• The size of the file (if limit is provided)
  • The file's extension (if list is provided)
  • If PHP generated an error code
  • If the file already exists
  • If an attempt is made to save above the specified folder
  • If the file is being saved in the cgi-bin directory
  • Makes sure that the file was uploaded through a form and not provided through other means

What can I do to prevent my form from being exploited?

StanfordFileUpload is useful in that it automates a lot of checks, but it requires careful configuration in order to provide a safe solution.

Never allow uploads to cgi-bin

For security reasons, you should never allow users to upload files within the cgi-bin directory. A malicious user may upload a script and execute it using the privileges of your CGI principal, giving them the same access that your own scripts have to the file system. No amount of error checking or filtering is sufficient to justify allowing uploaded files to be placed in the cgi-bin directory. By default, StanfordFileUpload does not allow files to be saved in or under any directory containing the string cgi-bin. Use the function set_allow_cgi_bin($value) to turn the setting on (true) or off (false, the default).

When possible, do not allow uploads to be web-accessible

We do not recommend allowing uploads to be web-accessible. It is suggested that you create a directory outside of the web root to be used for file uploads whenever possible. Sometimes this cannot be easily avoided, depending on the purpose of the application. If user-submitted files must be made available online, place them under the WWW folder, not cgi-bin.

The ideal solution is to allow indirect access to uploaded files using a script that reads the raw data from a file and outputs it to the browser with the appropriate headers. Read more about secure file uploads.

Set permissions on upload folder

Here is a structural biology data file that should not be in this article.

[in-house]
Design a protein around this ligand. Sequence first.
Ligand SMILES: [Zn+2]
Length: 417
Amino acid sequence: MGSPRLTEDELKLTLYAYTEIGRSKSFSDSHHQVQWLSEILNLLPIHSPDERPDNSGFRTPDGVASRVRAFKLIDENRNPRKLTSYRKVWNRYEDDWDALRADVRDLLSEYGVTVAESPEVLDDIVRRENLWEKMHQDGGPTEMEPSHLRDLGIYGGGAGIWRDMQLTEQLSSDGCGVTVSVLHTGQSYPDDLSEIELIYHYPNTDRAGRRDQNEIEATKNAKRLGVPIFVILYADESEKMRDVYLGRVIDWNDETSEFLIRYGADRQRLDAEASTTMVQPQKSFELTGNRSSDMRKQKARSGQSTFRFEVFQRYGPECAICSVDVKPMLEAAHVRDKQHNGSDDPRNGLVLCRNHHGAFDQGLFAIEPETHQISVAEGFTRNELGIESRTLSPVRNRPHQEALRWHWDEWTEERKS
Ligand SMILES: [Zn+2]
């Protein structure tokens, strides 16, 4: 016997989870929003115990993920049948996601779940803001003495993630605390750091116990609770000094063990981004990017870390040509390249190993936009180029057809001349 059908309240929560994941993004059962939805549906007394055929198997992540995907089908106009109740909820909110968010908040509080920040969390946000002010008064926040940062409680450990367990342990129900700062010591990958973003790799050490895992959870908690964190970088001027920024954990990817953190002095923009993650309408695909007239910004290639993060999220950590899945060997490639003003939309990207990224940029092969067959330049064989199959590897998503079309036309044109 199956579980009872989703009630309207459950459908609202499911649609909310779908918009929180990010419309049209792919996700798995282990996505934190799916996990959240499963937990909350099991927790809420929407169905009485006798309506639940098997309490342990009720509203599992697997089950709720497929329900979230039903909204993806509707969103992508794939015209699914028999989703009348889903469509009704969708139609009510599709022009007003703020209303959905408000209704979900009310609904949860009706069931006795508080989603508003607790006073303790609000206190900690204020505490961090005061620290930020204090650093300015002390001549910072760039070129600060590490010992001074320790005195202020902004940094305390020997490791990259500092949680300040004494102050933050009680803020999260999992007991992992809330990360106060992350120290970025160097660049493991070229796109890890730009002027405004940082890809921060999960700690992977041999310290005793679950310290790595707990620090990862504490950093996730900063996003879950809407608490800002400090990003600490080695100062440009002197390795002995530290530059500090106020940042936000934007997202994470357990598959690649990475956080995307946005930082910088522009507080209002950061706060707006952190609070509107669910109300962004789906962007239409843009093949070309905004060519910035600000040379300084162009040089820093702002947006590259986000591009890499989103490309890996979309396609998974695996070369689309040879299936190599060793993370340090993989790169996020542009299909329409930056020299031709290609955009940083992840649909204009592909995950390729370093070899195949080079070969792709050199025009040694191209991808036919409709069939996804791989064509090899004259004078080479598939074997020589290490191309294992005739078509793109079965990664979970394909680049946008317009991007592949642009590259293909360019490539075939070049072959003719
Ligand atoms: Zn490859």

Your CGI principal must have insert access on the folder used for uploads. Create a dedicated upload folder as follows:

# Change to the home directory:
cd ~
 
# Make a new folder:
mkdir uploads
 
# Set insert permissions:
fs sa uploads/ [your_cgi_principal] i

Visit IT Services for more information on setting AFS permissions.

Allow only files that meet certain criteria

StanfordFileUpload performs validation on the maximum file size and allowed file extensions. Make use of these features by setting reasonable parameters restricting uploaded files (e.g. only images under 500k).

Unfortunately, filtering files based on extensions and MIME types, which can be modified by malicious users, only provides limited protection. It is difficult to determine the true type of a file using only one method or function. Check the PHP documentation and use Google to find methods of validating specific types of files (i.e. images, Word documents, audio files, etc).

What PHP settings are relevant to file uploads?

At the time of this writing, file uploads are limited to 200 megabytes on Stanford's web servers. To check the current limit and find other useful information, create a phpinfo file and look at the fields listed below.

<?php
// phpinfo.php
echo phpinfo();
?>
  • upload_max_filesize - maximum size of file uploads
  • post_max_size - maximum size of POST requests
  • upload_tmp_dir - location where uploaded files are initially stored
  • file_uploads - must be set to On
  • max_input_time - maximum time allowed for a form submission

To change these settings, create a custom php.ini file in your cgi-bin directory. Please note that the PHP function ini_set has no effect on any of the settings listed.

References